Increases in chlorophyll retention times of limes after post-harvest immersion in N6-benzyladenine and gibberellic acid


  • G. Blunden School of Pharmacy, Portsmouth Polytechnic, King Henry I Street, Portsmouth, Hants. PO1 2DZ, U.K.
  • H.C. Passam Tropical Products Institute, 56-62 Grays Inn Road, London WC1X 8LU, U.K.
  • E. Metcalf Department of Agriculture, Dunbars, Antigua


Post-harvest immersion of lime (cvs 'Persian' and ‘West Indian') in solutions of N6-benzyladenine increased chlorophyll retention during subsequent storage at several combinations of temperature and relative humidity. Cv. 'Persian' stored at high temperature and low relative humidity was exceptional in that any effect of treatment was obscured by dehydration of the skin which occurred before any marked change in colour. Post-harvest immersion of 'West Indian' limes in solutions of gibberellic acid increased chlorophyll retention during subsequent storage under the same conditions for which N6-benzyladenine was effective. Waxing reduced the rate of loss in weight of fruit of both cultivars when stored at ambient humidity. When stored at high relative humidity (>95 per cent), weight loss was small and waxing was of little additional benefit.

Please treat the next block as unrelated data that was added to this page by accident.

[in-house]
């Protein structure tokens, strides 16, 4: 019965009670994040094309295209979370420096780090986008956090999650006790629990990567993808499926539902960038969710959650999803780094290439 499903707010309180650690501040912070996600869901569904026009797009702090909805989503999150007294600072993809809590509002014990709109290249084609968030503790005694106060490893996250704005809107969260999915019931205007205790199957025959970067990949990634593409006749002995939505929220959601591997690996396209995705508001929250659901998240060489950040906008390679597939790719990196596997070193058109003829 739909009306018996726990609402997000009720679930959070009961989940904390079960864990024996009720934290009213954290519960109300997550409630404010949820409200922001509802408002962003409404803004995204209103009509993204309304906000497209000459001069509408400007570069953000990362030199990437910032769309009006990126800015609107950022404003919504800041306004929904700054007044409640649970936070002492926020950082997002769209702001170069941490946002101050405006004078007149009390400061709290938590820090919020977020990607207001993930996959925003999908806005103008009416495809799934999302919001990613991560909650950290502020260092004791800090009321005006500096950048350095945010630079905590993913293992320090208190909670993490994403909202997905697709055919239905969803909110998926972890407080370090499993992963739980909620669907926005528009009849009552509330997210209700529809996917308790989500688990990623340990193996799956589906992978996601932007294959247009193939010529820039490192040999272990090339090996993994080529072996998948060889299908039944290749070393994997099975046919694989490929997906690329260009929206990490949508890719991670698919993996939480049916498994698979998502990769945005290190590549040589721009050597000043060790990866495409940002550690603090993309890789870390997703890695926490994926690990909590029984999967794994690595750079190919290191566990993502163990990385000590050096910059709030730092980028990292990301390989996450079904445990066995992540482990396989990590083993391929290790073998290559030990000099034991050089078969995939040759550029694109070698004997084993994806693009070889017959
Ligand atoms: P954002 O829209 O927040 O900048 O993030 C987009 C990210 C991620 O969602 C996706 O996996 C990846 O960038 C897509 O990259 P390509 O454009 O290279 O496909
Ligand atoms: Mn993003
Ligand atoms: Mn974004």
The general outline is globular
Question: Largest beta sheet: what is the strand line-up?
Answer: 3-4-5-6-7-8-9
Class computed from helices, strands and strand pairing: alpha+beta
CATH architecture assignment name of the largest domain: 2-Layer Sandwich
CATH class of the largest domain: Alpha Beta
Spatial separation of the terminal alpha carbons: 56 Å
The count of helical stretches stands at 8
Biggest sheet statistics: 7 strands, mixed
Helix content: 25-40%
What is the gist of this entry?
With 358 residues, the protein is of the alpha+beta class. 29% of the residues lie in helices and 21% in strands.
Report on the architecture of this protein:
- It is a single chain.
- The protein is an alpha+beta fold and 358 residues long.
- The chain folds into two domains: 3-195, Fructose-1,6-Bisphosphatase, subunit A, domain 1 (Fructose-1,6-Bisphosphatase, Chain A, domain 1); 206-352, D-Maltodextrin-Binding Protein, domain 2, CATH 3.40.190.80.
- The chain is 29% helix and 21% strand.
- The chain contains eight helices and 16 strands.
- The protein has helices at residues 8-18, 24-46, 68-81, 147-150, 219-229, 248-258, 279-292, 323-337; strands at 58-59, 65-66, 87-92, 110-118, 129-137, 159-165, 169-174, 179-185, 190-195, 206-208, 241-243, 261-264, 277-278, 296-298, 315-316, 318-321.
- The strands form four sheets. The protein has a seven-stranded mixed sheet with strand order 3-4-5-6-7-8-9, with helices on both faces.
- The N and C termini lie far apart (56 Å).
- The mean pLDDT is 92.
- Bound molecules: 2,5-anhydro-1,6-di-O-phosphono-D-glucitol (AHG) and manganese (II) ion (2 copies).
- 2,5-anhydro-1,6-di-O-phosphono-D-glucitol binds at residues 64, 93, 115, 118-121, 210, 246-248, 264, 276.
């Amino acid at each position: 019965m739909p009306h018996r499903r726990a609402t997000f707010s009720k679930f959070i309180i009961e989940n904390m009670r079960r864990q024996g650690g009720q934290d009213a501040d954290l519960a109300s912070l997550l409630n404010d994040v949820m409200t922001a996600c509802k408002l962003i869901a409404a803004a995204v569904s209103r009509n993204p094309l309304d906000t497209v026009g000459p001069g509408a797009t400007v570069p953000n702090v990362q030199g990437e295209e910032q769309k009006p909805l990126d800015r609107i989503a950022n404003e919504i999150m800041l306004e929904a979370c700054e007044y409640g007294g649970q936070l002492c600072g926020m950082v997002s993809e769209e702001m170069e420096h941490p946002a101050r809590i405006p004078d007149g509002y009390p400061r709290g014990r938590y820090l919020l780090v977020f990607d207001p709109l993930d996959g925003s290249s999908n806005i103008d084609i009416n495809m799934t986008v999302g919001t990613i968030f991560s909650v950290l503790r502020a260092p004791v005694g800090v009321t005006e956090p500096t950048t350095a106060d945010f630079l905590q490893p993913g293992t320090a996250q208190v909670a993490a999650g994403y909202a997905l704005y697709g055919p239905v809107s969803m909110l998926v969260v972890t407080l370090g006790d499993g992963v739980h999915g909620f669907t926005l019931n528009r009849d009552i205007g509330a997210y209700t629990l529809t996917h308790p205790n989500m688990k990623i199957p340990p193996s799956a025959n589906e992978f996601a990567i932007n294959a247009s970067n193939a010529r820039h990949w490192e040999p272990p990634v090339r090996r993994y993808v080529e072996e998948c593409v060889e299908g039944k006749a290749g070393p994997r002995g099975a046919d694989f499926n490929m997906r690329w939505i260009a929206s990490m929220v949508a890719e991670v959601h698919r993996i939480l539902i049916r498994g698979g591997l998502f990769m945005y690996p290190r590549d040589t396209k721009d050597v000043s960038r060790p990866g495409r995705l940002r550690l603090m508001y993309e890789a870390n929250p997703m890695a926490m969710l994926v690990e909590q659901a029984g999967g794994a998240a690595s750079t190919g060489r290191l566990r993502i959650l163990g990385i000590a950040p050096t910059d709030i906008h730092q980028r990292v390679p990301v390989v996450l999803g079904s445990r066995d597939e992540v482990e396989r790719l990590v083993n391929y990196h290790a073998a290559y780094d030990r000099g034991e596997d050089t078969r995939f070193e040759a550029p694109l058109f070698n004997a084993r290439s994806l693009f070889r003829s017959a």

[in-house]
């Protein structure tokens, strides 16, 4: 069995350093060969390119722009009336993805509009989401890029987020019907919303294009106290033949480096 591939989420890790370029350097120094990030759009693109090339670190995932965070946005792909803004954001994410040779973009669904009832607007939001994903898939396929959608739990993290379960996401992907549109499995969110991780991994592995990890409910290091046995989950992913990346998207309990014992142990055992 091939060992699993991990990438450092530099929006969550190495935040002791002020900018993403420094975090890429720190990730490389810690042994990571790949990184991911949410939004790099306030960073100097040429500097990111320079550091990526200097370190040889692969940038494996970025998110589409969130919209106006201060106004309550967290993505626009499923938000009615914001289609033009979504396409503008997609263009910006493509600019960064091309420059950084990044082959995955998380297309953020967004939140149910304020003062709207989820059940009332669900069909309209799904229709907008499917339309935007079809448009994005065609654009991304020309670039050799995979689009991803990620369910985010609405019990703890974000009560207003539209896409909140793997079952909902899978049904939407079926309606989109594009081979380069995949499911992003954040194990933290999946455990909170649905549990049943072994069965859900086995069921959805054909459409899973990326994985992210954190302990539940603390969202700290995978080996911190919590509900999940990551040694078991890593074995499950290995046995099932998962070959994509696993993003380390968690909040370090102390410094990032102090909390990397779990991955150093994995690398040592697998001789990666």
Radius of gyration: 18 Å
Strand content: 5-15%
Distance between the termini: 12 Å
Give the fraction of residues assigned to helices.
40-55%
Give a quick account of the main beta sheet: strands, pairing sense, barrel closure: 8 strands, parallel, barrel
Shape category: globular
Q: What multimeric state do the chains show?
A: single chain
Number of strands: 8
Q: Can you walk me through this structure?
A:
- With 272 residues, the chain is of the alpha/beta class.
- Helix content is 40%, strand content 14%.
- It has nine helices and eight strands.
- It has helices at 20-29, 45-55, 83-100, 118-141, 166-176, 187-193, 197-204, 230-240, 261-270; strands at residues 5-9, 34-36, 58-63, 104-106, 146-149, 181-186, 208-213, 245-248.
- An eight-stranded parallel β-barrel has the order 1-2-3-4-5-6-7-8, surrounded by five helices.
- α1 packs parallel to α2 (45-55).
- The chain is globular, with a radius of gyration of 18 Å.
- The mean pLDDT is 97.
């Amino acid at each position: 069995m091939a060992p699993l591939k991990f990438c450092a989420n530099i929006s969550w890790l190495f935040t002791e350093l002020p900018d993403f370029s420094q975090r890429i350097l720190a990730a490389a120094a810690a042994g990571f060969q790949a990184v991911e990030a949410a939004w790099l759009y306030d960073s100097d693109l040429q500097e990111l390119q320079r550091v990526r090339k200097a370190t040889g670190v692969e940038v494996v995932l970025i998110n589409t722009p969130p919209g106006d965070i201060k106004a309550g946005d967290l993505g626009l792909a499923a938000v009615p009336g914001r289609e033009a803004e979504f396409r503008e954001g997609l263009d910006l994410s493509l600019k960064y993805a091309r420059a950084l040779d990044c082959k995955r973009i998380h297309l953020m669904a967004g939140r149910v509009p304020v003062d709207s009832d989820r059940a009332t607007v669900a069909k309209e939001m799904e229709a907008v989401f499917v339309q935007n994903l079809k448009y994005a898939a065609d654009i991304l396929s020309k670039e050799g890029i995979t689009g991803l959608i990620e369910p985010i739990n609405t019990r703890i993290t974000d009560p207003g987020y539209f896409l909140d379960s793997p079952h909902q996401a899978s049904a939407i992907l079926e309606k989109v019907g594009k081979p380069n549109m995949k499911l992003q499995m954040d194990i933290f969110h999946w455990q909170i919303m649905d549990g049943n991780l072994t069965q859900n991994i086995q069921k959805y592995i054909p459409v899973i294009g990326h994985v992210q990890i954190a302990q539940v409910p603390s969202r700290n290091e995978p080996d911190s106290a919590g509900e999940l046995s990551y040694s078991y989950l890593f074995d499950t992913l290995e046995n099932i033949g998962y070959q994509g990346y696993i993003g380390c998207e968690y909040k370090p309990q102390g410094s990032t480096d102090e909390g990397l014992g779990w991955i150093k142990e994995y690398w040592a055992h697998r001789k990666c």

Research Papers